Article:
Summertime, and the livin’ is easy
Fish are jumpin’ and the cotton is high
— George Gershwin / DuBose Heyward
The myriad pleasures of summer are perfectly encapsulated in the song “Summertime” made famous by Ella Fitzgerald and others. It is traditionally a time to frolic outdoors and be carefree. But for summer-loving humans, it comes with its own set of risks and dangers as well, from sunburn and poison ivy to pesky mosquitoes and under-barbecued burgers.
The same applies to our beloved pets. While dogs and cats love to explore outside when the weather turns warm, it is important to remember there are hidden perils in even the most serene and halcyonic settings that can put their health and very lives at risk.
The full subtitle of this book neatly encapsulates its theme and tone: A Cultural History of the World’s Most Diabolical Virus. Note that it identifies itself not as a general or scientific history, but as a “cultural” one. This is an accurate descriptive; for truly, few diseases known to humanity have branded themselves into our collective psyche and culture so widely, so deeply, and for so long; and as something not merely organically deadly but infernally so, and thus profoundly to be feared. (The few others that even come close include leprosy and polio.)
Though shelved in the non-fiction area of your library or bookstore, Rabid spins a series of tales and observations that could have come from the fictional horror story pen of Stephen King. It is at once fascinating and terrifying. The authors, a husband-and-wife team, are eminently qualified to write such a book. Wasik is a magazine editor who writes about science and technology; while Murphy is a veterinarian with a degree in public health. Together they have put together the definitive “biography” of the rabies pathogen. Continue reading “Book Review: Rabid—A Cultural History“
Rabies is a scourge as old as human civilization, and the terror of its manifestation is a fundamental human fear, because it challenges the boundary of humanity itself. That is, it troubles the line where man ends and animal begins—for the rabid bite is the visible symbol of the animal infecting the human, of an illness in a creature metamorphosing demonstrably into that same illness in a person.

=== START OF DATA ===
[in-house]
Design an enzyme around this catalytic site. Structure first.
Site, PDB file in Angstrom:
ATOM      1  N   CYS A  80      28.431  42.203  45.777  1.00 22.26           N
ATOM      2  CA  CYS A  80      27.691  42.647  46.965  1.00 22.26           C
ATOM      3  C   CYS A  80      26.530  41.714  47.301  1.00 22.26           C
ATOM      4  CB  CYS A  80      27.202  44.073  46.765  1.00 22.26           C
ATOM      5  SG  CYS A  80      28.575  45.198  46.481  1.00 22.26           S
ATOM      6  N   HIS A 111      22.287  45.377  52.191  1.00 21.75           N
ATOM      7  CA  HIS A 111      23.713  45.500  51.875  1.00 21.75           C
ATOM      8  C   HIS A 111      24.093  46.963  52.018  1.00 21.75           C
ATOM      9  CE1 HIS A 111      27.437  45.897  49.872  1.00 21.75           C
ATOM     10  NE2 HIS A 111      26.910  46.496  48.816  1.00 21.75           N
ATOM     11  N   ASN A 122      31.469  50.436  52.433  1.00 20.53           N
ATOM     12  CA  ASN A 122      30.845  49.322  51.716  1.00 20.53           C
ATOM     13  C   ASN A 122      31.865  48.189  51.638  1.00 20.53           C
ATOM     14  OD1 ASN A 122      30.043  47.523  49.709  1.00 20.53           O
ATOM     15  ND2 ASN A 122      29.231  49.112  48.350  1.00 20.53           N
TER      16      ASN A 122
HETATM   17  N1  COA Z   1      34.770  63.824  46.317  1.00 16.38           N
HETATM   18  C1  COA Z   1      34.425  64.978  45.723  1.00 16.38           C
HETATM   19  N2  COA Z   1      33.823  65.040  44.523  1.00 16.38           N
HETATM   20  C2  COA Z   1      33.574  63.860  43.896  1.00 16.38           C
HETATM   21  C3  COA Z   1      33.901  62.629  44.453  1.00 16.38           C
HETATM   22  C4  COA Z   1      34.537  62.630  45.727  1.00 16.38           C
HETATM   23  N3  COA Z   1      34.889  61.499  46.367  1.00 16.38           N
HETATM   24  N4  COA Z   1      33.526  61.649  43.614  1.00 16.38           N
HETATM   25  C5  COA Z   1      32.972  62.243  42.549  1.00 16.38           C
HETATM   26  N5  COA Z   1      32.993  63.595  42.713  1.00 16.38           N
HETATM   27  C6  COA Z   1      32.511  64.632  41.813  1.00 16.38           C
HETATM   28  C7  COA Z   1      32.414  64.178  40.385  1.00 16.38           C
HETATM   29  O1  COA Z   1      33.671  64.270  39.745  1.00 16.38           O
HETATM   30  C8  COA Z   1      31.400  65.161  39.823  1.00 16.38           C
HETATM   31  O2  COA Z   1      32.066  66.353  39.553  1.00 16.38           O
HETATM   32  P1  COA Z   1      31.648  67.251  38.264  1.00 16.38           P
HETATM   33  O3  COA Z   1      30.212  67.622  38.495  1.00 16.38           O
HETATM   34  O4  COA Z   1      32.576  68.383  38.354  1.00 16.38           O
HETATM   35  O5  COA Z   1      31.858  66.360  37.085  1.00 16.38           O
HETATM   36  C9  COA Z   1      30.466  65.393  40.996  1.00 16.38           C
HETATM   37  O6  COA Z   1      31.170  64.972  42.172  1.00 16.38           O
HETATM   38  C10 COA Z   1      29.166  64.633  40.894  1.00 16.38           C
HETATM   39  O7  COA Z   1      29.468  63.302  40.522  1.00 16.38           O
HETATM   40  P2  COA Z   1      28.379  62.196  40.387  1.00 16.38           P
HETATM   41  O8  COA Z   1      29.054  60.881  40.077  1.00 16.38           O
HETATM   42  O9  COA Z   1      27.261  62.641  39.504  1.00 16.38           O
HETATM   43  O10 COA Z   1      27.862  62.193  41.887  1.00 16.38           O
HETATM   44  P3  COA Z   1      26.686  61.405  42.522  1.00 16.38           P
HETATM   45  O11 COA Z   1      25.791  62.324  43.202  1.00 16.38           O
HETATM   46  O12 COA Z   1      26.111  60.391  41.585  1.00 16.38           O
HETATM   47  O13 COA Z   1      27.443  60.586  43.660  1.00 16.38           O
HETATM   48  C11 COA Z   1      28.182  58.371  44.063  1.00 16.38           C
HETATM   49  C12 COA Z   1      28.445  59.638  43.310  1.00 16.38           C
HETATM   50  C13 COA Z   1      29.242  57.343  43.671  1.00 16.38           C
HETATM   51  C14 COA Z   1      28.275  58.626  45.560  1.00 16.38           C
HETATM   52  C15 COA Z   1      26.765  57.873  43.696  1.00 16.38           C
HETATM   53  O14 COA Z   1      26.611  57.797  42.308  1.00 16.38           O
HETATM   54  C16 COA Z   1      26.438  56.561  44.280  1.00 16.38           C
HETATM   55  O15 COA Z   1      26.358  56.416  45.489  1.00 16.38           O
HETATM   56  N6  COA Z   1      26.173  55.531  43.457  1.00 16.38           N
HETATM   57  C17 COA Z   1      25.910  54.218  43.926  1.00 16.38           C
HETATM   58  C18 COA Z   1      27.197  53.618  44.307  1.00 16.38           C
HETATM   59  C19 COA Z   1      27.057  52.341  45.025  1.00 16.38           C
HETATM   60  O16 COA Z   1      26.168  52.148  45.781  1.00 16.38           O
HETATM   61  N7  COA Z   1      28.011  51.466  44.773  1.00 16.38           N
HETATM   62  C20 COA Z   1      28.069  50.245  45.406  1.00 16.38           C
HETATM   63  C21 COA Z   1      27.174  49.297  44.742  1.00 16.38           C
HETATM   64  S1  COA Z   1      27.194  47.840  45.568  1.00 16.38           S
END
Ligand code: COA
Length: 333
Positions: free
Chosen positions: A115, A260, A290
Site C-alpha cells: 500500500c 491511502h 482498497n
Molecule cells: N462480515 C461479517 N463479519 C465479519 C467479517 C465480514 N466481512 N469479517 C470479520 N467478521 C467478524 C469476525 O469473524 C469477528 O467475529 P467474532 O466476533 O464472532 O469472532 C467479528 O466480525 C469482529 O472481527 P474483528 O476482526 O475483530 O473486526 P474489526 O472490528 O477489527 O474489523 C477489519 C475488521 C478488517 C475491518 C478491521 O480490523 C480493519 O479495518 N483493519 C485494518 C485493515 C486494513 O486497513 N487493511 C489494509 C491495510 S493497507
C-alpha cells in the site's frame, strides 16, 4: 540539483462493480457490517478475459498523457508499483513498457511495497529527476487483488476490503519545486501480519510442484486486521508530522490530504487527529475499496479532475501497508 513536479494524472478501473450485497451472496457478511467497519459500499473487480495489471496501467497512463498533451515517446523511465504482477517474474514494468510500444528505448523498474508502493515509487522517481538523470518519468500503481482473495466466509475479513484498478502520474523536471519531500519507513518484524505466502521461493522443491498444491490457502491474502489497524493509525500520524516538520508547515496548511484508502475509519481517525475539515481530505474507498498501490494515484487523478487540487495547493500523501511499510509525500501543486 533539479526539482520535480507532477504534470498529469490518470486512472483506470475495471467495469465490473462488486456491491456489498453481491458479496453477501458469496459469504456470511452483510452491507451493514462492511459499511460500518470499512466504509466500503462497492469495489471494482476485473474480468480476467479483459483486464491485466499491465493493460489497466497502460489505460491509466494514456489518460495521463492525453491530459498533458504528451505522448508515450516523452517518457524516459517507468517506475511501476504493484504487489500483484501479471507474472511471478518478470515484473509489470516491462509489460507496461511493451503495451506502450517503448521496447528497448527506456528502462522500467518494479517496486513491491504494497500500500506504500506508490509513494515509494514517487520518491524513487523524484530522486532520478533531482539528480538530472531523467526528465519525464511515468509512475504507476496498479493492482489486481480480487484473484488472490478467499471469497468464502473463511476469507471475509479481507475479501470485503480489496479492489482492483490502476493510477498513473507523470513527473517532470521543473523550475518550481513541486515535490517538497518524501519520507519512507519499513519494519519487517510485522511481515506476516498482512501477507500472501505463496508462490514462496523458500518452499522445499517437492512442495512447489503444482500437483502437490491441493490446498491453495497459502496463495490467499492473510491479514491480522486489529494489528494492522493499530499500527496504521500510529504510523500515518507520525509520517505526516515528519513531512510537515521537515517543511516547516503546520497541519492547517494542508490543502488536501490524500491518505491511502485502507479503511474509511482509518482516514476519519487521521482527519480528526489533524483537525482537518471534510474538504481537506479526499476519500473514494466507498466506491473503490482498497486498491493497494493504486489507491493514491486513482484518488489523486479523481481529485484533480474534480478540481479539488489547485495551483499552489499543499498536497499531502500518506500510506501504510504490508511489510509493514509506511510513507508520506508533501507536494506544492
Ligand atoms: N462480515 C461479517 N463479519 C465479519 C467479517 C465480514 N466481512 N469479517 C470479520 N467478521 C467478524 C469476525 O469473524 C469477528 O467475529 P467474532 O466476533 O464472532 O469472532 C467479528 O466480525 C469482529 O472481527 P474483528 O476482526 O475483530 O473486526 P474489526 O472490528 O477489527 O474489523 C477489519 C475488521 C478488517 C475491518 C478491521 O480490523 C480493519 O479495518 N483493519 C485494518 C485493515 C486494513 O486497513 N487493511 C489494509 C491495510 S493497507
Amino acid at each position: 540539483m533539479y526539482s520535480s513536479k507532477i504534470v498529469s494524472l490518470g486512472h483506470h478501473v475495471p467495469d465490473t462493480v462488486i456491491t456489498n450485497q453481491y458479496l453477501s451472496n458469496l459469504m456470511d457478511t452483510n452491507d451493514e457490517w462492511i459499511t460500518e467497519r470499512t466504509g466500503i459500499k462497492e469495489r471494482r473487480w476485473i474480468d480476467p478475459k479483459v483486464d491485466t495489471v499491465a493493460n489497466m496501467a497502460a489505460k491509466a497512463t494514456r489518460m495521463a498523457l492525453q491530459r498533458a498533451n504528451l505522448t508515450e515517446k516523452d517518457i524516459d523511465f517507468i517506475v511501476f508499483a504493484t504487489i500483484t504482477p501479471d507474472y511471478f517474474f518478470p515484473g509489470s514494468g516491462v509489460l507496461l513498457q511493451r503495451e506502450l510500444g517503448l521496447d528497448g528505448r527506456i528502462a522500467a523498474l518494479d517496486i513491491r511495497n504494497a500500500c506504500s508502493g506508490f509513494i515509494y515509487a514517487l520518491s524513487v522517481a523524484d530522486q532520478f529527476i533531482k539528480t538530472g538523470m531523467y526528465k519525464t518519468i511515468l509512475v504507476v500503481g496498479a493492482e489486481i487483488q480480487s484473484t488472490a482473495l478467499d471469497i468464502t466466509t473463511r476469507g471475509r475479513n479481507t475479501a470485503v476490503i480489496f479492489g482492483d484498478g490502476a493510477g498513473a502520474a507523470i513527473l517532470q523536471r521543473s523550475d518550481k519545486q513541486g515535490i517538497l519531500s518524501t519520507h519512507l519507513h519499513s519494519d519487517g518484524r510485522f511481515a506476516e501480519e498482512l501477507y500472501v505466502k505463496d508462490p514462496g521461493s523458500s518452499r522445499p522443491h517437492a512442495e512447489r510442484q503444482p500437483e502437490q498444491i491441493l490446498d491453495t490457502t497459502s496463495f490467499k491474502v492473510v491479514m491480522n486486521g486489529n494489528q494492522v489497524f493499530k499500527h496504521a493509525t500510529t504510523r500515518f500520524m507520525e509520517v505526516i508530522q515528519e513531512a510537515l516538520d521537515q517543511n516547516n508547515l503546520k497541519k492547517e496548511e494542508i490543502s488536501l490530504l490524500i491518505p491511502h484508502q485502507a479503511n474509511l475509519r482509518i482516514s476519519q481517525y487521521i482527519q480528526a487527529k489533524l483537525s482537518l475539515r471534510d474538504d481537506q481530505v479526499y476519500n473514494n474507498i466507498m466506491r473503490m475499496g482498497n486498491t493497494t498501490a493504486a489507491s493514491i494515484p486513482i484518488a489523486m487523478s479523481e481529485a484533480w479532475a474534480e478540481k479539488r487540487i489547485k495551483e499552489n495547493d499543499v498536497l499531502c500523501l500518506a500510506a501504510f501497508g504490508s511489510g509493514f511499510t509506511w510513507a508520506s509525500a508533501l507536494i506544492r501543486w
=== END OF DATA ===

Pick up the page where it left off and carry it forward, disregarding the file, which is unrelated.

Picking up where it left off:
With the release of our line of 2020 Pet Rabies Tags for our customers’ dogs and cats, we at Ketchum Mfg. Inc. thought this would be an appropriate time to present a timeline of notable events in the rise of—and ongoing battle against—a pathogen that has plagued humankind and our domesticated animals since long before the first history book was written: the rabies virus. Continue reading “A Brief History of Rabies”
It may seem odd to associate such a horrific and deadly disease as rabies with “popularity.” It is anything but! Yet since prehistoric times that is exactly how humankind has dealt psychologically with our most memorable tragedies and primal fears: by telling stories about them and depicting them in our art. This is the very essence of “whistling past the graveyard,” as the old phrase goes.
The term rabies comes from a Latin word meaning “madness.” Surely that is one of the reasons this pathogen has always inspired so much fear: for in the process of killing its host, it first destroys the mind, which is the seat of an individual’s personality. Indeed, some of the most familiar and frightening horror creatures in popular culture—vampires, werewolves, and zombies—are derived from mythologies that harken back to the days when a normal, healthy person could be suddenly transformed into a raving, drooling monster just from the bite of a maddened beast.
Those little metal pet rabies tags you attach to your dog or cat’s collar are much more than jingling baubles. Rather, they are shining insignia that represent one of humankind’s great victories over a centuries-old scourge.
The annals of recorded medical history are dotted with numerous spectacularly terrifying diseases and pandemics. Some of the most notable include:
The Antonine Plague of 165 A.D., which killed some 5 million people and decimated the Roman army. It is believed to have been a smallpox or measles epidemic, brought back to Italy by soldiers returning from Mesopotamia.
Bubonic Plague—better known as the Black Death of the Middle Ages—a deadly bacterial infection, spread by fleas and rats, that ravaged three continents and took an estimated 200 million lives.
The Flu Pandemic of 1918, which was a perversely lethal strain of influenza that tore across the globe and struck down an estimated 50 million otherwise healthy, robust young adults.
HIV/AIDS, which has racked up a combined death toll of 36 million worldwide since it appeared on the scene in 1981.